LA Mayor Antonio Villaraigosa began his career as an organizer for the United Teachers of Los Angeles. But last week he called UTLA leadership "one, unwavering roadblock to [5 years of education] reform." Union leaders have called him a turncoat who sounds like a conservative Republican. We talk with the Mayor about that and new leadership at the DWP. Also, Governor-elect Jerry Brown holds a forum on the education budget at UCLA. On our rebroadcast of today's To the Point, President Obama's hope that direct talks would bring Middle East peace in a year seems less likely than ever. The US failed to persuade Israel to freeze settlements in East Jerusalem, and no talks are occurring at all. What went wrong? What might happen next?
FROM THIS EPISODE
The Los Angeles Unified School District is in for change. State money is dwindling, and there will be a new superintendent next spring. Four school board seats will be up for election, and AJ Duffy will step down as head of United Teachers of Los Angeles. Mayor Antonio Villaraigosa got his start as an organizer for that union, but now says that schools "once synonymous with excellence" have become "dropout factories." In a major speech last week in Sacramento, he called the teachers' union, "the most powerful defender of the status quo…"
Also, Governor-elect, Jerry Brown is making good on his campaign promise to hold a series of public discussions to define California's problems. Last week in Sacramento, it was the state budget. Today at UCLA, he talked to educators about the education budget.
President Obama said renewing direct talks between Israel and the Palestinians might produce peace in a year. But just three months later, they aren't talking at all and it's back to shuttle diplomacy. Last Friday, Hillary Clinton said the US would continue peace efforts, even after Israel turned down a controversial American offer of billions in high-tech fighter planes in exchange for a three-month freeze on settlement-building in the West Bank.
Daniel Kurtzer, Princeton University
Daoud Kuttab, Al Monitor (@daoudkuttab)
Efraim Inbar, Director, Begin-Sadat Center for Strategic Studies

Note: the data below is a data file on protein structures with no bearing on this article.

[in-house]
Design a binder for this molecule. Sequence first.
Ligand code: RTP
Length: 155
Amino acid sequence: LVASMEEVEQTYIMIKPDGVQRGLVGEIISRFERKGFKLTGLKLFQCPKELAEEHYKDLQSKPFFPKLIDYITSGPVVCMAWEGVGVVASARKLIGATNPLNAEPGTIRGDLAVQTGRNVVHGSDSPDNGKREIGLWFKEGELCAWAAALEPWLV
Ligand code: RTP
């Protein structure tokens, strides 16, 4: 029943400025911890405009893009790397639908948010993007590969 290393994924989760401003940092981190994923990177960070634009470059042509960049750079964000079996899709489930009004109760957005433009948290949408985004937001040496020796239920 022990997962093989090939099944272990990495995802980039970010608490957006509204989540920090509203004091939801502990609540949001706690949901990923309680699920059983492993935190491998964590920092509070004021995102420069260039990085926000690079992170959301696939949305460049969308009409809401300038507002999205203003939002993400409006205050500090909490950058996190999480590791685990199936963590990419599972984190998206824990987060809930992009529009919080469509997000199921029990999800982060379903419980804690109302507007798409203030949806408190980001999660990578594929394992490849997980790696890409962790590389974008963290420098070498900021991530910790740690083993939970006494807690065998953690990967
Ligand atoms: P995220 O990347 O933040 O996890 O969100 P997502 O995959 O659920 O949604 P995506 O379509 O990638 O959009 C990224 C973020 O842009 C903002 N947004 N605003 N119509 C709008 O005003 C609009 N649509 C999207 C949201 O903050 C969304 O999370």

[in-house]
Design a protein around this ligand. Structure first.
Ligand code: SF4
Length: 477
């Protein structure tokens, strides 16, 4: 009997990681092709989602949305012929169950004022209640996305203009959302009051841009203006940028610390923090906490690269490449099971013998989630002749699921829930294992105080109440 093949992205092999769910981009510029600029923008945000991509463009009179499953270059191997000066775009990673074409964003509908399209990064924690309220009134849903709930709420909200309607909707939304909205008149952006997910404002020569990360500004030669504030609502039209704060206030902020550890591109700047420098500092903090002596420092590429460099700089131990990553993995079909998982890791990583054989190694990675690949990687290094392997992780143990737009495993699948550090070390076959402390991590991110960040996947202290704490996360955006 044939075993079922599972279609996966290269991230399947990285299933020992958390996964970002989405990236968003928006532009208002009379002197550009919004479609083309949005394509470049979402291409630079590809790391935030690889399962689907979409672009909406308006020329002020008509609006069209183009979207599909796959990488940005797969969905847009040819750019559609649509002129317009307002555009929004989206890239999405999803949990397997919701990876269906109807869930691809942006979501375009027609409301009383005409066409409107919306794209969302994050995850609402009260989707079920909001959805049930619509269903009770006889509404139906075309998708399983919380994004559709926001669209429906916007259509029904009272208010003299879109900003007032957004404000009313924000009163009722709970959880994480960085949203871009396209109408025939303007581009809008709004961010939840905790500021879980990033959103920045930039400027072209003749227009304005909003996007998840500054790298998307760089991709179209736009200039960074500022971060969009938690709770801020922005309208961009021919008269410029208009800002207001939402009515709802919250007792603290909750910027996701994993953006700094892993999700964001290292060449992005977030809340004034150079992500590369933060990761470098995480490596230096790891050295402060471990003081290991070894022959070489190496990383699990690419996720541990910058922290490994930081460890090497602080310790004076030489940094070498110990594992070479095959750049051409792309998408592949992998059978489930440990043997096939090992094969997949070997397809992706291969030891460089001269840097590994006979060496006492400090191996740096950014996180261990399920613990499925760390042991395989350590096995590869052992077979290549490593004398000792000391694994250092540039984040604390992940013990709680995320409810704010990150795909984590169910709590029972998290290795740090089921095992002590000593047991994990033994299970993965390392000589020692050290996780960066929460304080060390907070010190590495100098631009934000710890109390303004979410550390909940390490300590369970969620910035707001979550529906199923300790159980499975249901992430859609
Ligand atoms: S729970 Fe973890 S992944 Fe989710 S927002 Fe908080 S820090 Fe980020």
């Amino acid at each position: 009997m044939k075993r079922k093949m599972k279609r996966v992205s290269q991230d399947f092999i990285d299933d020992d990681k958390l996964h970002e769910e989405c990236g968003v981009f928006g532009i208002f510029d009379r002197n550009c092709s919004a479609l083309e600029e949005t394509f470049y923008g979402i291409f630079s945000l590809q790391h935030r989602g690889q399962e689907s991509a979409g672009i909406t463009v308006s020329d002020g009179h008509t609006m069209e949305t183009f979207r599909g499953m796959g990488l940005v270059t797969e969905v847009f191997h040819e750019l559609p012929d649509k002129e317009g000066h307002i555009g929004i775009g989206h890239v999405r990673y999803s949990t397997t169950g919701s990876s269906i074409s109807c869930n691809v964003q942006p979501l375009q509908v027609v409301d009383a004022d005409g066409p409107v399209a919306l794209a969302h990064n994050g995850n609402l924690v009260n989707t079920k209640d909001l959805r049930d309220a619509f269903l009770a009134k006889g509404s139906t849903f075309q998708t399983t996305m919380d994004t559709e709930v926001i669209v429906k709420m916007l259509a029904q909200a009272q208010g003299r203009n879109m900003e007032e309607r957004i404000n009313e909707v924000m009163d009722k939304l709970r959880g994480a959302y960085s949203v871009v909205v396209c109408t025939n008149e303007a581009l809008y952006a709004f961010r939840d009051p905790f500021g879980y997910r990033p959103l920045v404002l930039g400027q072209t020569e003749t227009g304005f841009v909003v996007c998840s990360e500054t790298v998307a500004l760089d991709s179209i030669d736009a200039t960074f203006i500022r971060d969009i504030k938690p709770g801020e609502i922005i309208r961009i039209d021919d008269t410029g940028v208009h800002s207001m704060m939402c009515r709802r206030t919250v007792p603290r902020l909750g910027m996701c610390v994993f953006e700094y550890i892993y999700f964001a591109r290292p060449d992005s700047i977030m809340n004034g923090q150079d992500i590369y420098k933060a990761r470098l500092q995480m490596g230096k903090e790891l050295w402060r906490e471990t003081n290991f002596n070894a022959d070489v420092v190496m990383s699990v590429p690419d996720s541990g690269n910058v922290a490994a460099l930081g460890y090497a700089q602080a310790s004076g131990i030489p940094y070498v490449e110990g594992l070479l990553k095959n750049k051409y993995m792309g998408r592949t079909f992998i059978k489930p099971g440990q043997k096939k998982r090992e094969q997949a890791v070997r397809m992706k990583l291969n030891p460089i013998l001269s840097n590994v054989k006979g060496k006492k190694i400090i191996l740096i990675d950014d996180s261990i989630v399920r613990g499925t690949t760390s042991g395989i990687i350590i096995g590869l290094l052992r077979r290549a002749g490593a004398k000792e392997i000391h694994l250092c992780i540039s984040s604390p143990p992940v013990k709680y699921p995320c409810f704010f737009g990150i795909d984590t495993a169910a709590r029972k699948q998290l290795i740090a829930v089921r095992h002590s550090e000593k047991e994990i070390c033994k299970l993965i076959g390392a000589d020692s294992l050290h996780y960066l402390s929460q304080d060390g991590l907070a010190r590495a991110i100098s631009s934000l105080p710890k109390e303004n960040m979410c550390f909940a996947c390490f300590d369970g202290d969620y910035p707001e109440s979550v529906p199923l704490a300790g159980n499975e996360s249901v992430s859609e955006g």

Peter Beinart, City University of New York / Atlantic (@PeterBeinart)
More From Which Way, L.A.?
Which Way, LA? The Question that Won't Go Away 23 years ago, the fires of the Rodney King riots were burning and the sirens wailing when KCRW first asked, WWLA? We've been through fires, floods, earthquakes and massive social, cultural and economic change. While this is the last program titled WWLA? the question still needs to be asked. We talk with a group of important and thoughtful people about what LA has become and about the challenges to be faced in the future…as we continue.
Then and Now: Is LA Still the Car Capital of the World? Urban planners got some bad news today. Ridership on public transit in Southern California is on the decline, despite the billions being spent in recent years to build light rail and subway lines. Why aren't more drivers leaving their cars at home, as traffic gets more congested than ever? Meantime, there's a shortage of money to repair aging roads, bridges and other parts of the infrastructure. We look at the impact on the state's economy.
Does California Have a Double Standard for the Public's Protection? Porter Ranch and Vernon are mirror images of each other. In one, schools have been closed and thousands of residents are being moved away by the polluter—just months after a natural gas leak was discovered. In the other, residents complained for years about health risks to school children from exposure to lead and arsenic from a battery recycling plant— until the federal government finally stepped in.
Is 'Warfare' a Thing of the Past at the LAPD? Video of police misconduct wasn’t as common 25 years ago as it is today. The spectacle of LAPD officers beating Rodney King was a wake-up call, but didn’t persuade a jury in Simi Valley. When the cops received not-guilty verdicts, the city exploded. We hear from veteran officers who say they’ve changed. What about their tactics? Have they gained the trust of marginalized communities and people of color?
LATEST BLOG POSTS
Weird and wonderful movies to get you in the Christmas spirit You know the classic holiday movies, such as ”It’s a Wonderful Life” and “A Christmas Story.” There are less traditional favorites like “Home Alone” and “Love Actually.” But maybe you’re… Read More
Cartoonist Roz Chast on Manhattan: ‘I feel more alive when I’m there’ Part of the pleasure of reading Roz Chast’s cartoons in the New Yorker is realizing your life isn’t so miserable after all. Her characters live in a world filled with… Read More